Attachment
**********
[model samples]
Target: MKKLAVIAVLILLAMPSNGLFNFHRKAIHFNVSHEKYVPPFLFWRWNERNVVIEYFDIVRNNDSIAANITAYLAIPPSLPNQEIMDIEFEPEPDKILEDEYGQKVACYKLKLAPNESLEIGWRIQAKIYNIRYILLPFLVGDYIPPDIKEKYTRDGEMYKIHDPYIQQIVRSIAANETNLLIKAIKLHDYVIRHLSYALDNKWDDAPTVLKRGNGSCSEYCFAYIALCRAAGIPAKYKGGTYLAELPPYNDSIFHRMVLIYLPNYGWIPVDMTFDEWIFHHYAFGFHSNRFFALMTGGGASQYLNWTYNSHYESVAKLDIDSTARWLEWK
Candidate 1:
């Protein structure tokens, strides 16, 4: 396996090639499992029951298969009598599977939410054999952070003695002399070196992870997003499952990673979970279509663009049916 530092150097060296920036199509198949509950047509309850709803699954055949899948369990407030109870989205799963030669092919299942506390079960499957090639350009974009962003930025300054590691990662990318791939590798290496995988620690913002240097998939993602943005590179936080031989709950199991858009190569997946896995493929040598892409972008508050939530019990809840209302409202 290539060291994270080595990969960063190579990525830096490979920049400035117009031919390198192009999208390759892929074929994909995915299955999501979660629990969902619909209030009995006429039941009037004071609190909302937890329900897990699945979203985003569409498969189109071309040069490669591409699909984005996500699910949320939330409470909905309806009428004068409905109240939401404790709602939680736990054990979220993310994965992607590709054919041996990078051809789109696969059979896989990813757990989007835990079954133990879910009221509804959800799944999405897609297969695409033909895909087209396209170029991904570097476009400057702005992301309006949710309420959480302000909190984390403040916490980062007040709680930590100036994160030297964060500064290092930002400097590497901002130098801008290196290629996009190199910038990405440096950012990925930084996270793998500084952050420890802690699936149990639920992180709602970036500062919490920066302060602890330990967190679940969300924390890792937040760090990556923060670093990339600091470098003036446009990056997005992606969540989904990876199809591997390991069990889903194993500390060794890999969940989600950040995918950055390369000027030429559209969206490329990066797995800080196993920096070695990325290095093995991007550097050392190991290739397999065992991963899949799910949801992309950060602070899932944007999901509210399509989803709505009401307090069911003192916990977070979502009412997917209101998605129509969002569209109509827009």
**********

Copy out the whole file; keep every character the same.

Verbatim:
[model samples]
Target: MKKLAVIAVLILLAMPSNGLFNFHRKAIHFNVSHEKYVPPFLFWRWNERNVVIEYFDIVRNNDSIAANITAYLAIPPSLPNQEIMDIEFEPEPDKILEDEYGQKVACYKLKLAPNESLEIGWRIQAKIYNIRYILLPFLVGDYIPPDIKEKYTRDGEMYKIHDPYIQQIVRSIAANETNLLIKAIKLHDYVIRHLSYALDNKWDDAPTVLKRGNGSCSEYCFAYIALCRAAGIPAKYKGGTYLAELPPYNDSIFHRMVLIYLPNYGWIPVDMTFDEWIFHHYAFGFHSNRFFALMTGGGASQYLNWTYNSHYESVAKLDIDSTARWLEWK
Candidate 1:
């Protein structure tokens, strides 16, 4: 396996090639499992029951298969009598599977939410054999952070003695002399070196992870997003499952990673979970279509663009049916 530092150097060296920036199509198949509950047509309850709803699954055949899948369990407030109870989205799963030669092919299942506390079960499957090639350009974009962003930025300054590691990662990318791939590798290496995988620690913002240097998939993602943005590179936080031989709950199991858009190569997946896995493929040598892409972008508050939530019990809840209302409202 290539060291994270080595990969960063190579990525830096490979920049400035117009031919390198192009999208390759892929074929994909995915299955999501979660629990969902619909209030009995006429039941009037004071609190909302937890329900897990699945979203985003569409498969189109071309040069490669591409699909984005996500699910949320939330409470909905309806009428004068409905109240939401404790709602939680736990054990979220993310994965992607590709054919041996990078051809789109696969059979896989990813757990989007835990079954133990879910009221509804959800799944999405897609297969695409033909895909087209396209170029991904570097476009400057702005992301309006949710309420959480302000909190984390403040916490980062007040709680930590100036994160030297964060500064290092930002400097590497901002130098801008290196290629996009190199910038990405440096950012990925930084996270793998500084952050420890802690699936149990639920992180709602970036500062919490920066302060602890330990967190679940969300924390890792937040760090990556923060670093990339600091470098003036446009990056997005992606969540989904990876199809591997390991069990889903194993500390060794890999969940989600950040995918950055390369000027030429559209969206490329990066797995800080196993920096070695990325290095093995991007550097050392190991290739397999065992991963899949799910949801992309950060602070899932944007999901509210399509989803709505009401307090069911003192916990977070979502009412997917209101998605129509969002569209109509827009």